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Trump’s Actions in Ukraine Weren’t Just Wrong, They Were Dangerous

6 minute read
French is a senior editor at The Dispatch and a columnist for Time. His new book is Divided We Fall: America's Secession Threat and How to Restore Our Nation. He is a former major in the United States Army Reserve.

One of the problems with understanding the Ukraine impeachment proceedings is that while there is a one-sentence summary of what Trump did – he hijacked American foreign policy to attempt to extort an investigation of a political rival from a desperate and dependent American ally – there is no good and simple explanation of the sheer gravity of the harm that Trump stood to inflict on American national interests.

And it’s in understanding the gravity of the harm that Americans can begin to answer the question, “Why now?” Even if Trump did do something wrong, why impeach him during an election year? Why seek to remove him the very year when voters can render their own judgment on his candidacy?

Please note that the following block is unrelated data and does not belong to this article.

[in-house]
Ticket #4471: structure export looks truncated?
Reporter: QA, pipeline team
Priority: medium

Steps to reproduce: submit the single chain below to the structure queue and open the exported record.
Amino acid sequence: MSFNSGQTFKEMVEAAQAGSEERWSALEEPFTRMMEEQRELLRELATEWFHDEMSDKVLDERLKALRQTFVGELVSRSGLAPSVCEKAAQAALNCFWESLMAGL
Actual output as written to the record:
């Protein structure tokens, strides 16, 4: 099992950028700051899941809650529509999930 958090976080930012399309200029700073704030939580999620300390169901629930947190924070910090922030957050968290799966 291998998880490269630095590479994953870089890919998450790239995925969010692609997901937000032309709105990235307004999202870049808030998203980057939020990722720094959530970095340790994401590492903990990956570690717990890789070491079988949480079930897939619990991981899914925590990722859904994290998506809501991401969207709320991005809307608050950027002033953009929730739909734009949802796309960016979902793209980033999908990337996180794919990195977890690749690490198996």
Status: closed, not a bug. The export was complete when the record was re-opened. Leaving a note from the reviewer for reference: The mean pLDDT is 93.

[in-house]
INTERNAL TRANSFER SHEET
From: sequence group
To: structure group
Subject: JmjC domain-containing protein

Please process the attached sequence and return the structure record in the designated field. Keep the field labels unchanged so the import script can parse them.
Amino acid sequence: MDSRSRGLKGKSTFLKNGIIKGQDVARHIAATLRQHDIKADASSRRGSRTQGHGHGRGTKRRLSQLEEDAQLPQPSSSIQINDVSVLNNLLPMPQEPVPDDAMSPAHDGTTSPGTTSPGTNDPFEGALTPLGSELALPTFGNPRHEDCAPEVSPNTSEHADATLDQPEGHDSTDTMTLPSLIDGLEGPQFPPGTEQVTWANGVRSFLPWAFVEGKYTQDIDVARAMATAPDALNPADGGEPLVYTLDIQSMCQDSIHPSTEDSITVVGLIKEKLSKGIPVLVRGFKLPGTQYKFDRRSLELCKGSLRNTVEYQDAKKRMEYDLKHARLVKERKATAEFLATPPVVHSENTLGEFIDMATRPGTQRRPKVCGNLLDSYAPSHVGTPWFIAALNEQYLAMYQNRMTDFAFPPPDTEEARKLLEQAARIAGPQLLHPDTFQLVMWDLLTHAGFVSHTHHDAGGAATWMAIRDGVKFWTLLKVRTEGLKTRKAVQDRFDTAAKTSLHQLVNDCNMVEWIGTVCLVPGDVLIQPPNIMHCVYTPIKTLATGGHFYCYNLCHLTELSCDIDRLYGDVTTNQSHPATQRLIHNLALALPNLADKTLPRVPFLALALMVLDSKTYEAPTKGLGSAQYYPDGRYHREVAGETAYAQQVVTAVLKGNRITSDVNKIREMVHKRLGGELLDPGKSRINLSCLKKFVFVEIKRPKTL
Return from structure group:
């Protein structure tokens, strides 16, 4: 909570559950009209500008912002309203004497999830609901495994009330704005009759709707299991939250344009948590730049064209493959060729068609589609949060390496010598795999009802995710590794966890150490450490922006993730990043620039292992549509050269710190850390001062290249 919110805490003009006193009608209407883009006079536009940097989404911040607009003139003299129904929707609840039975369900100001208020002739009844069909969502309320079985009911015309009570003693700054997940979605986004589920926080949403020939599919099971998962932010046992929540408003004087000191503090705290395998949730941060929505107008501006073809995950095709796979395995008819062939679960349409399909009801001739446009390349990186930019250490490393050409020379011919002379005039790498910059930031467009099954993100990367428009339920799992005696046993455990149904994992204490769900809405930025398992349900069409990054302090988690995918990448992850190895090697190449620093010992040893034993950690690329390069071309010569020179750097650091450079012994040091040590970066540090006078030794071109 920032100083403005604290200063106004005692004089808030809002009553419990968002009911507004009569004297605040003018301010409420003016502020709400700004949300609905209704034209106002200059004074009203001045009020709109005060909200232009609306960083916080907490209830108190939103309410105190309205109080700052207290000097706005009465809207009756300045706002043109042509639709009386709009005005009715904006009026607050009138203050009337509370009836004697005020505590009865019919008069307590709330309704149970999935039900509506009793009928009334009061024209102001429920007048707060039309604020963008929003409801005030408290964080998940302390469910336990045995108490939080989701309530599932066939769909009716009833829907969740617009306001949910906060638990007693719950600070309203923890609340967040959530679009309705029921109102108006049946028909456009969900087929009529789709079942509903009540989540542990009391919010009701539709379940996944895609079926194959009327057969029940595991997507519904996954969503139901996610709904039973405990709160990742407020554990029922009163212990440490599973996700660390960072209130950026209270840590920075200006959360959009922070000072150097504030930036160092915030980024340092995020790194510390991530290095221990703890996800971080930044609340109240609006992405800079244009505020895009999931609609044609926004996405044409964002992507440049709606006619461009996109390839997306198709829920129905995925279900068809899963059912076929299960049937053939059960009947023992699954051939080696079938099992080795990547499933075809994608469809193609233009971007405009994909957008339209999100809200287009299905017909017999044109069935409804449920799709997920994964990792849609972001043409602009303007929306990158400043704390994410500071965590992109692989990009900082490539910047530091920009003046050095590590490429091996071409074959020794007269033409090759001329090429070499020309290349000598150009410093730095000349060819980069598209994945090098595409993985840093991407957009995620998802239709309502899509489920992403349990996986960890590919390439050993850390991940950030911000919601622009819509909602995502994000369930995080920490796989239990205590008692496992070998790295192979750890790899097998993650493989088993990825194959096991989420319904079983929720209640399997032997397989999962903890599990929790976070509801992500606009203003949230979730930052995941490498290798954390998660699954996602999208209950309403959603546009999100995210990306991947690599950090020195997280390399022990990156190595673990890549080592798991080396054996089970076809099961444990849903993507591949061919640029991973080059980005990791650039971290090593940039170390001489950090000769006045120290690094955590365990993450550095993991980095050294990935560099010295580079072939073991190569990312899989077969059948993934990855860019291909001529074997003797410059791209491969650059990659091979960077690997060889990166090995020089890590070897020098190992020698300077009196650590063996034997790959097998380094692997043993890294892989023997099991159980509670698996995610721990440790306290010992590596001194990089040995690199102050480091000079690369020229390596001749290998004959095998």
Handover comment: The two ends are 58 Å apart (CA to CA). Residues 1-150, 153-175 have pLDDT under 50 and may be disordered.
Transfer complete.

The answer is short – because Trump’s corruption could have had profound strategic consequences – but the explanation is a bit longer, and it requires the assistance of a very helpful and timely report on Russian military capabilities from the RAND Corporation.

The report is long (99 pages) and detailed, but the relevant summary is relatively clear. Many Americans are aware of Russia’s capabilities in cyberwarfare and disinformation operations, but they’re largely unaware of advances in its conventional military capabilities. Russia has accomplished two things of real importance in the past decade (or so) of military modernization. First, it has substantially modernized and professionalized its force. And second, it has optimized it for operations that are virtually custom-designed to place NATO, our most vital international alliance, in perhaps an impossible military, strategic, and political bind.